The Pulse on the Economy and Capital Markets: July 5–9, 2021
July 12, 2021
- Key market news and headlines: U.S. stocks turned out another strong performance last week ahead of second quarter earnings reports.
- A new agenda from the White House: The Biden administration announced plans to boost competition across a variety of industries, ultimately fostering employee mobility and cracking down on Big Tech.
- A big week for crypto: New SPAC deals in the space and a landmark auction sale have put a renewed focus on the explosive influence of cryptocurrency in the markets and economy.
In the markets
“Big wheels keep on turning…”
The U.S. stock market continued its strong performance as the S&P 500, Dow Jones Industrial Average and Nasdaq indices closed Friday at all-time highs. Several large wealth managers, such as BlackRock, J.P. Morgan, Morgan Stanley and Goldman Sachs, commented that they see the economic outlook for growth remaining strong, despite concerns signaled in the government bond market.
This week, companies will start reporting their second quarter earnings. After doubling earnings expectations in Q1, Q2 earnings are expected to grow 91% compared to Q2 2020, when shutdowns hammered the economy. We’ll be watching for margins and how well companies have been able to increase prices to mitigate inflation.
Bond investors are supposed to receive interest rates above the rate at which money depreciates (a.k.a. inflation). For the first time in decades — if not ever — the yield on high-yield bonds (formerly known as “junk bonds”) was below the inflation rate. This is akin to depositing money at a bank and earning an interest rate less than the fees banks charge.
The current anomaly reflects bond investors’ comfort that the economy will stay strong, as well as a need to search for higher yields for bond portfolios. It also shows that investors are increasingly willing to risk the most vulnerable companies and may default in exchange for marginally better yields than alternatives.
Competition: part of the Biden agenda
Competition is supposed to be at the heart of capitalism. Capital should flow to where there are profits to be made, and competition for those profits leads to product/service innovation and lower costs for customers. It also leads to more startups, more market share for smaller businesses and, thus, more job growth. That’s the theory behind capitalism.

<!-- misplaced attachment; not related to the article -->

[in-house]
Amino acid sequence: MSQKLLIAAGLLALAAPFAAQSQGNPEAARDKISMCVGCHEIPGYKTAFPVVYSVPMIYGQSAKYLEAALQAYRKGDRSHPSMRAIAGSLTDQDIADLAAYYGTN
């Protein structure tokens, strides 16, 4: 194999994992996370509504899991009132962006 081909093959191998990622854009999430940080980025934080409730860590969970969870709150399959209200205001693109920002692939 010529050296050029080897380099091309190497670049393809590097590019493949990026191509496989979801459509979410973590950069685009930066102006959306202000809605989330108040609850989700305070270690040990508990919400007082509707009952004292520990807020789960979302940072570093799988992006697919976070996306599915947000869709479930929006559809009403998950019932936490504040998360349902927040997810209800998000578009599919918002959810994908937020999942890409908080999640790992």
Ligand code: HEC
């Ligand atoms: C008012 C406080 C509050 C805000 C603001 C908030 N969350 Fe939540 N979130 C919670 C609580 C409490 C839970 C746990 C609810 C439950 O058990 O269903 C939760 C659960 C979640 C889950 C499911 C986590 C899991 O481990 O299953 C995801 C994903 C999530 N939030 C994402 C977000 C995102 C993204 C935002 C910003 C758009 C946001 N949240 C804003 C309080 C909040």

In actuality, incumbent companies protect margins and market share by acquiring competitors. Recently, Big Tech and hospital systems have been accused of this practice. In industries with slowing growth, consolidation enables cost-cutting and typically eliminates jobs.
Last week, the Biden administration set an agenda to increase competition across a variety of industries; additionally, they proposed increasing employee mobility to pursue higher-paying opportunities by limiting noncompete agreements and industries from employing burdensome occupational licensing requirements. According to the Cato Institute, 20% of U.S. workers are employed in licensed occupations.
The “so what?”
- Acquisitive companies should start factoring in longer diligence periods and potentially higher transaction costs.
- For employers, deepening employee engagement becomes increasingly important as the barriers to mobility are reduced and employee turnover potentially increases.
The Social Network hearts crypto
First the Winklevii (a.k.a. the Winklevoss twins) … now Peter Thiel.
Peter Thiel invested in the blockchain software company, Block.One, which launched the crypto exchange, Bullish. On Friday, Bullish announced that it was going public via merging with a special-purpose acquisition company (SPAC) in a deal valued at $9 billion. This was one day after another multibillion-dollar crypto SPAC deal: on Thursday, USD Coin (USDC) stablecoin affiliate Circle Internet Financial said it would go public in a $4.5 billion merger with a SPAC.
The infrastructure behind cryptocurrencies is becoming increasingly well-capitalized, meaning their investors will have the financial resources to withstand whatever volatility comes with coins and tokens.
Is cryptocurrency forever, too?
Last week, renowned auction house Sotheby’s auctioned a 101-carat diamond that sold for $12.3 million, which was paid in crypto; this was the largest payment accepted for jewelry using cryptocurrency. As we reported in a previous issue of The Pulse, Sotheby’s competitor, Christie’s, accepted $69 million for the art piece, “Everydays: The First 5,000 Days,” by the artist Beeple.
A few stories that caught my eye
- Richard Branson and his crew have officially embarked on their journey to space (link).
- The war between the Chinese government and American stock listings of Chinese companies claimed another victim with the plunging of the $70 billion IPO, Didi Chuxing (link).
- John Carreyrou was The Wall Street Journal investigative journalist who broke the Theranos story and the alleged fraud by its founder, Elizabeth Holmes, all of which he detailed in his book, Bad Blood. As Holmes’s trial nears, Carreyrou shares his predictions and implications for Silicon Valley entrepreneurs (link).
- Elon Musk goes to court this week to defend Tesla’s controversial acquisition of his distressed company, SolarCity. Billions of dollars are on the line (link).
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